Looking For A Sports Nutrition Diet That Will Give You A Competitive Edge?

Sports Nutrition - Carbohydrates

Suzette Kroll, RD

Sports Nutrition

Many people make the mistake of improperly fueling (or not fueling) before and after exercise. Just like a seedling needs proper nutrition to grow, a successful exercise regimen requires proper sports nutrition at proper times for optimal results.

Carbohydrate rich foods provide the primary fuel needed during physical activity. Carbs come from fruits, vegetables, whole grains and whole grain products like whole wheat bread and pasta, brown rice and oatmeal, and even some dairy products like milk and yogurt.

Unfortunately, carbs are often considered "taboo" as a result of popular high protein, low carb diets. However, carbohydrates are an athlete's friend, and should be consumed regularly and adequately as part of a good diet.

Pre-Exercise Meal

It's best to fuel your body with a carbohydrate rich meal 1-4 hours prior to exercising. The exact amount that you need will depend on the type and duration of your exercise/training session and how close to it you plan to eat.

  • 6oz vegetable juice
  • 1/4 cup dried fruit
  • 1/2 cup applesauce
  • 1 banana
  • 1 cup fruit yogurt
  • 1 slice whole grain toast with 1 Tablespoon natural fruit preserves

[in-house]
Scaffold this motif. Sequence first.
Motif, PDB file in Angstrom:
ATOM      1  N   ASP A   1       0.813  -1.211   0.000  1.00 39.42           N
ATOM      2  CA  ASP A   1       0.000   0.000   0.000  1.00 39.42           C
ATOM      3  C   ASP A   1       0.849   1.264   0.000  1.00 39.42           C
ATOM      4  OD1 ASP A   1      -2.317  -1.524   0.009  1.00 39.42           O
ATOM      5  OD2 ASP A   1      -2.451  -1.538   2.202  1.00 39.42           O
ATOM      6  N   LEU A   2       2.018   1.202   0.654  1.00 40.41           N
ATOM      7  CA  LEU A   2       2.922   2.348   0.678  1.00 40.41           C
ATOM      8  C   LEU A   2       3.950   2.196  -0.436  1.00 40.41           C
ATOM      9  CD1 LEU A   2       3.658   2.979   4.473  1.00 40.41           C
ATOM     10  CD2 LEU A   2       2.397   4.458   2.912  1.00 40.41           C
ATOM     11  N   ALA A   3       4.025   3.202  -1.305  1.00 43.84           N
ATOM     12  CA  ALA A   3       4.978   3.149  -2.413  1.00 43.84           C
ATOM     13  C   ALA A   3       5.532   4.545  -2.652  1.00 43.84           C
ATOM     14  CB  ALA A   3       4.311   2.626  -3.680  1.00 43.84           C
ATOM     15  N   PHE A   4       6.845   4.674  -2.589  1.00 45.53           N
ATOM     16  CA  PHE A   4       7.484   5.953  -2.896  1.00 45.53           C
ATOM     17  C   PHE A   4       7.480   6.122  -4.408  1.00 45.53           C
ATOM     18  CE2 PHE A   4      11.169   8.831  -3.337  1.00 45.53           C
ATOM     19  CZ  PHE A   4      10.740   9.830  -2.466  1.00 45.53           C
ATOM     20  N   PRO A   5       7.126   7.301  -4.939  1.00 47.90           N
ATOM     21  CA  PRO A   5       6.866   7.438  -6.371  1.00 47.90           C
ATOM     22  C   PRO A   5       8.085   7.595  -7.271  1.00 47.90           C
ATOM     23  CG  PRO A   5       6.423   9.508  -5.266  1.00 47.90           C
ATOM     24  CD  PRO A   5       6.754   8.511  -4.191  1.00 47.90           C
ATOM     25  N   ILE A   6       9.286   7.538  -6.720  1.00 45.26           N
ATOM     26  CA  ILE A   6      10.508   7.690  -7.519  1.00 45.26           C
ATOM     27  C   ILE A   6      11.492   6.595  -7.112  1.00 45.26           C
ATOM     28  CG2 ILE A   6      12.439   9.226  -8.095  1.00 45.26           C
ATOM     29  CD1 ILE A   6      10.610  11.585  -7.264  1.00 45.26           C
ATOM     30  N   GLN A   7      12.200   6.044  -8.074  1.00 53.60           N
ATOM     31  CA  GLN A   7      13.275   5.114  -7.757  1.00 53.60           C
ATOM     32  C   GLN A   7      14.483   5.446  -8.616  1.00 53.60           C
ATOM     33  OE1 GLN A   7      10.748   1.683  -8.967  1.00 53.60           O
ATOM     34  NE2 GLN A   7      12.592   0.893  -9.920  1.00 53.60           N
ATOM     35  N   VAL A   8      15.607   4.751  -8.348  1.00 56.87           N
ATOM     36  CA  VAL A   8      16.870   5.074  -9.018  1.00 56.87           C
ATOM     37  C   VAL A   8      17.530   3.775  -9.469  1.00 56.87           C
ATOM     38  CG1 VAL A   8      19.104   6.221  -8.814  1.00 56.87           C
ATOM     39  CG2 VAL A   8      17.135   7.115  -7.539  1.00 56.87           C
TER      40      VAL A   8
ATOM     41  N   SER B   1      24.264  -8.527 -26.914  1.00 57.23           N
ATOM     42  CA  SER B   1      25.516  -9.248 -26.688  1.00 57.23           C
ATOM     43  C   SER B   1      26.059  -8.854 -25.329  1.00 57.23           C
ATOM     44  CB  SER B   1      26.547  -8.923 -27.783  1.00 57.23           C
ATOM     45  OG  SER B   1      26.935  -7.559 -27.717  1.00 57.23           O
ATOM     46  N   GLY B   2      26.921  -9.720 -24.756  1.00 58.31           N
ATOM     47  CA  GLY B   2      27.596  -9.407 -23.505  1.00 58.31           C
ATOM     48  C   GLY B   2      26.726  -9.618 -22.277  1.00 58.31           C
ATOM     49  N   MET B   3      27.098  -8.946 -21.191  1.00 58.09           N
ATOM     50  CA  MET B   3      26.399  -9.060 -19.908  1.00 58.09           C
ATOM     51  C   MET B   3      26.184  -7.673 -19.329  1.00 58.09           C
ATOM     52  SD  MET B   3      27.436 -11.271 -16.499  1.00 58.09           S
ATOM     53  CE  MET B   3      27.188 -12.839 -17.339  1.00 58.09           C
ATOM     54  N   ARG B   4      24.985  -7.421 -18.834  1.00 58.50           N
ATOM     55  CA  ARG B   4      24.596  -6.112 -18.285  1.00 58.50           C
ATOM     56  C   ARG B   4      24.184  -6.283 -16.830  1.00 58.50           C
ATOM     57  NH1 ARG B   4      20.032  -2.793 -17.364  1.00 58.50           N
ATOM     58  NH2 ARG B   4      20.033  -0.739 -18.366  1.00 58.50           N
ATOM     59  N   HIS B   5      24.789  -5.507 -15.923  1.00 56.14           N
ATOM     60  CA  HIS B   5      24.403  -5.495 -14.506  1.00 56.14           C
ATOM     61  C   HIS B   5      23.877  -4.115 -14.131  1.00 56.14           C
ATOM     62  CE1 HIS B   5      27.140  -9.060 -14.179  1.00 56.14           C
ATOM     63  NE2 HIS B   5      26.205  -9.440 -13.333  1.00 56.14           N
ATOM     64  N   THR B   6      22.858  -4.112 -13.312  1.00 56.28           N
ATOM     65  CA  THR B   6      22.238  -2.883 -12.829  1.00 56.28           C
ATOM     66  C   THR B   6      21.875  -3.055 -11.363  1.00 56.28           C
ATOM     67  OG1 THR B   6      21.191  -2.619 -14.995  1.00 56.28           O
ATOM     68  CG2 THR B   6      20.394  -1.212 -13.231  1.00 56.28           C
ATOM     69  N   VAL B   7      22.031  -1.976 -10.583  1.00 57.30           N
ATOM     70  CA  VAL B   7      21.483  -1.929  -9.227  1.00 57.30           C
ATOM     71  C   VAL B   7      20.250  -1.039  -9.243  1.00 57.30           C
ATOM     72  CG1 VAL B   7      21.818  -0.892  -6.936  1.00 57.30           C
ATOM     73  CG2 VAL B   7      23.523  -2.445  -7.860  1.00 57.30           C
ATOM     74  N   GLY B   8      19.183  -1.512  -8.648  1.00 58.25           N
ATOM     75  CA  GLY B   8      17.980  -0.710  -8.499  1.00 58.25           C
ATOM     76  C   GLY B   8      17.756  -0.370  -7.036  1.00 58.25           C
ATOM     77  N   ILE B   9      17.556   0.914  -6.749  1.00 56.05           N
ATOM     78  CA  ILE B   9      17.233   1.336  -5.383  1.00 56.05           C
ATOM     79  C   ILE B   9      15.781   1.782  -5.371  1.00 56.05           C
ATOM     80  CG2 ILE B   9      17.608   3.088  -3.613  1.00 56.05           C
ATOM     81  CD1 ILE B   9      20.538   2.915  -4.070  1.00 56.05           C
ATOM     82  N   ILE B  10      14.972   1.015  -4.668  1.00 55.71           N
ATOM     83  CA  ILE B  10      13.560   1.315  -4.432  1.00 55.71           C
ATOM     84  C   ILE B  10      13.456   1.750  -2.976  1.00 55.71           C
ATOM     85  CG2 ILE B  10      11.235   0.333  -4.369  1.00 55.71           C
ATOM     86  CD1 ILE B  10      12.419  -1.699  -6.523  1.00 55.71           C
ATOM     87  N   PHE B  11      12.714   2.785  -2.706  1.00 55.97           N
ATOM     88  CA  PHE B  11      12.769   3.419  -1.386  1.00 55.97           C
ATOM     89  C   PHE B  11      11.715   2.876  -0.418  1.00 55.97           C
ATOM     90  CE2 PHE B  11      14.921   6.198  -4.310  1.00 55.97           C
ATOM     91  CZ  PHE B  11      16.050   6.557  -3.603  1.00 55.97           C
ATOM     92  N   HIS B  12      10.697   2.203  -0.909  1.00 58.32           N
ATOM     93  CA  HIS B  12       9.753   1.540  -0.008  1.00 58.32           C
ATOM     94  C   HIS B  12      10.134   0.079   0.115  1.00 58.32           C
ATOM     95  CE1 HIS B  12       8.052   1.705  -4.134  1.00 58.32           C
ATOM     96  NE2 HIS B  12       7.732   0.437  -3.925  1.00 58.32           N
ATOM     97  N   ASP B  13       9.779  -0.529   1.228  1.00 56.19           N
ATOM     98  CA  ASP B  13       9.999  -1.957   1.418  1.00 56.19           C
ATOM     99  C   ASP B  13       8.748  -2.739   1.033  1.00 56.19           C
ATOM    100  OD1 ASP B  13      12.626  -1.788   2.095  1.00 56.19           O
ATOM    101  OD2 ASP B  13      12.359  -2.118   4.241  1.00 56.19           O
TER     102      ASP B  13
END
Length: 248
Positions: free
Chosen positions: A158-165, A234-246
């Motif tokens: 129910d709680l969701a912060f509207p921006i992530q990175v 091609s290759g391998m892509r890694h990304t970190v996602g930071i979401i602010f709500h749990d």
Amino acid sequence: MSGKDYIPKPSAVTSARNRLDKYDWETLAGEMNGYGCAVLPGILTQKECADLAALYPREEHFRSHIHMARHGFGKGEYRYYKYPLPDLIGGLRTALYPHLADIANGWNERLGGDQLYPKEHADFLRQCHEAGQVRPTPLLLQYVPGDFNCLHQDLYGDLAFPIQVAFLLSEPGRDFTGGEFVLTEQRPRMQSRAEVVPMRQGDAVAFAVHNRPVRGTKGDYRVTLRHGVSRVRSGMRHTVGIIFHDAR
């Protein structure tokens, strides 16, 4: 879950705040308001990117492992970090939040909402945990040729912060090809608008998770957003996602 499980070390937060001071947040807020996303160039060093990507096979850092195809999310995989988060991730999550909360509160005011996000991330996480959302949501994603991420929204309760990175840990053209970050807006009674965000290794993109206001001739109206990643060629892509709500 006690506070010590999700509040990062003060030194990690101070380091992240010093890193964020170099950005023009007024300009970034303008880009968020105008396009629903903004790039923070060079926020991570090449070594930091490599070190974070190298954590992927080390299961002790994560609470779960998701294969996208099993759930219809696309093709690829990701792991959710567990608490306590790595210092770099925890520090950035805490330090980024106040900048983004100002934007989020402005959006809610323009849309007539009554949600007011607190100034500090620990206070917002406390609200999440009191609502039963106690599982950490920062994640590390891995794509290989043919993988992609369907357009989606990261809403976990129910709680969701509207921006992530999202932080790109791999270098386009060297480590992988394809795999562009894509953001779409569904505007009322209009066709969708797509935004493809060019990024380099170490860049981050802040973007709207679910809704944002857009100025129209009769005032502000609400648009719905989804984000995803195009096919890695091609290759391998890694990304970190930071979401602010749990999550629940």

• 1/2-1 whole bagel
  • 1 oz whole grain crackers and 1/2 - 1 cup 100% fruit juice
  • 1 cup oatmeal with 2 Tbsp. raisins
Note: The portions would increase proportionally with the intensity and/or duration of exercise. A pre-exercise meal before a marathon would be more than before a 30 minute jog.

For professional help in calculating your specific nutritional needs, please contact Suzette Kroll, Your Personal Nutrition Guide.

Post-Exercise Meal

Immediately after exercise, it's best to eat a snack or meal that consists of both carbohydrate and protein. The first 1/2 hour after exercising is the most critical time to refuel, as your body is rebuilding muscle that was torn down during exercise and replenishing carbohydrate stores that were depleted.

  • Turkey or tuna sandwich on whole wheat bread
  • Fruit smoothie made with protein powder
  • Vegetable omelet served with whole wheat toast
  • Lowfat cottage cheese and fruit
  • Chicken and brown rice
  • Turkey burger on whole wheat bun
Providing the right sports nutrition at the right time can make or break your performance and energy. Whether you're a recreational exerciser or a trained athlete, eating the right food and properly timing it can help you go longer, stronger, and realize your potential!

Nutritionist Suzette Kroll, RD, is a registered dietitian, certified intrinsic coach and specialist in nutritional counseling. She is a senior staff member of the world renowned Canyon Ranch Health Resort in Tucson, Arizona. She is also the creator of Your Personal Nutrition Guide.

Suzette specializes in weight loss and sports nutrition as well as nutrition relating to heart disease, diabetes, vegetarianism, and teen eating.

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